There has been extensive research dealing with how #sleep helps lose weight. Research reveals that people who get a healthy amount of sleep will find it easier to lose weight. A 7 to 9-hour sleep period is considered healthy.

How sleep helps

According to Women's Health magazine, sleeping helps the body burn calories as it consumes energy by repairing and preparing itself for the next day. Sleeping at night also prevents people from eating late night snacks. People who get enough sleep burns 20 percent more calories compared to those that are sleep deprived.

More than 30 percent of people are sleep deprived, according to the Centers for Disease Control and Prevention.

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A study from the University of Columbia found that sleep deprived people make unhealthier choices when it comes to food, craving sugar, and carbohydrates.

Sleep deprivation causes metabolic grogginess, a term coined by the University of Chicago when they conducted a study to find a correlation between sleep and weight loss. According to an article published in the Annals of Internal Medicine by the University of Chicago, within 4 days of insufficient sleep, the body reduces its ability to use insulin, making the body less responsive to insulin, and unable to process fats, leaving them stored in the body.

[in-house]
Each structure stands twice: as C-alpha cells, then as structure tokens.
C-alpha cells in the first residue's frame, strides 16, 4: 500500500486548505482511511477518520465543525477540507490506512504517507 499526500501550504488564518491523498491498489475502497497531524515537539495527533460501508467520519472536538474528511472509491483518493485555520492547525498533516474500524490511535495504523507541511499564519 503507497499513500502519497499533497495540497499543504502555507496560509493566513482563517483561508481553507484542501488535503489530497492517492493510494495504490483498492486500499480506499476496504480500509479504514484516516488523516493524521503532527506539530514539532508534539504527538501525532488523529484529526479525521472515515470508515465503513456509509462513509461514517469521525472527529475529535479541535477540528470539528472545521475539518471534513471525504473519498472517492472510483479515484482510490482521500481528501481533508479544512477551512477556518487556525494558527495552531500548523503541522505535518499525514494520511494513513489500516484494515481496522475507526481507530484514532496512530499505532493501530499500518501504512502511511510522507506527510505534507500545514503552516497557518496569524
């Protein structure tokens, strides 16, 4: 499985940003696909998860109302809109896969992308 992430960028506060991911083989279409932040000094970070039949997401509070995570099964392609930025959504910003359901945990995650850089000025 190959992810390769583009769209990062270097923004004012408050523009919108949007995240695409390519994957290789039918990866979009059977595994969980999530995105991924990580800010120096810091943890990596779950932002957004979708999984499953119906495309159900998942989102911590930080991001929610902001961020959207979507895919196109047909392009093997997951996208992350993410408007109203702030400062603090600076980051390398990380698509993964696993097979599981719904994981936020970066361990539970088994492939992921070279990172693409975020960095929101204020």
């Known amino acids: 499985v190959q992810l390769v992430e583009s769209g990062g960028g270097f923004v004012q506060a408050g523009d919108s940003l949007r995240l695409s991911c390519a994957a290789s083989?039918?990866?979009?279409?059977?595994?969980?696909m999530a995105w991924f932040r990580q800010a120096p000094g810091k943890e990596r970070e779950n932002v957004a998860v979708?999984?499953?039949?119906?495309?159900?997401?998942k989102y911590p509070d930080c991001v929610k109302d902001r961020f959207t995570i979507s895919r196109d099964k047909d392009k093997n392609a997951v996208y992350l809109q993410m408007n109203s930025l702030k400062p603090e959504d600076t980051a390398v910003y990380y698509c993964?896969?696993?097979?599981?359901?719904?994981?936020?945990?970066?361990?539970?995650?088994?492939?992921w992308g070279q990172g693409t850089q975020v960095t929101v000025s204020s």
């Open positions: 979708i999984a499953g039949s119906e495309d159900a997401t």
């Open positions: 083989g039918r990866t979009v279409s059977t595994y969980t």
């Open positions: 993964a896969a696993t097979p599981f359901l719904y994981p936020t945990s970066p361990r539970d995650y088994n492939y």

Endocrine Web defines insulin as the hormone that allows the body to use sugar from the food we eat as energy. With a healthy amount of sleep, insulin can function properly, removing fatty acids and lipids from the body stream.

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An extreme diet

In 2012, Dr. Michael Breus introduced #The Sleeping Beauty #diet in his book, “The Sleep Doctor’s Diet Plan: Lose Weight Through Better Sleep.” The diet suggests that people sleep for 7 to 9 hours and eat healthy foods. People should also avoid caffeine and alcohol, and should not exercise up to four hours before going to sleep.

Recently, some Pro-Anorexia communities have been abusing the diet. They have taken the diet to the extreme by sleeping for 18 to 20 hours to avoid meal times. The diet makes use of sedatives in order to sleep longer. Following the extreme version of the diet also seems odd -- if a person sleeps for 18 or 20 hours per day, they will only have 4 hours in a day for other activities.

Linia Patel, a dietician and the spokesperson of the British Dietician Association, has warned people that taking the diet to this extreme is very dangerous and may lead to death. She also explains that being dependent on sedatives may get people addicted to it, and possibly leave them asleep permanently. Patel insists that if a person is interested in losing weight, they should consult an expert in order to find a healthy and safe diet.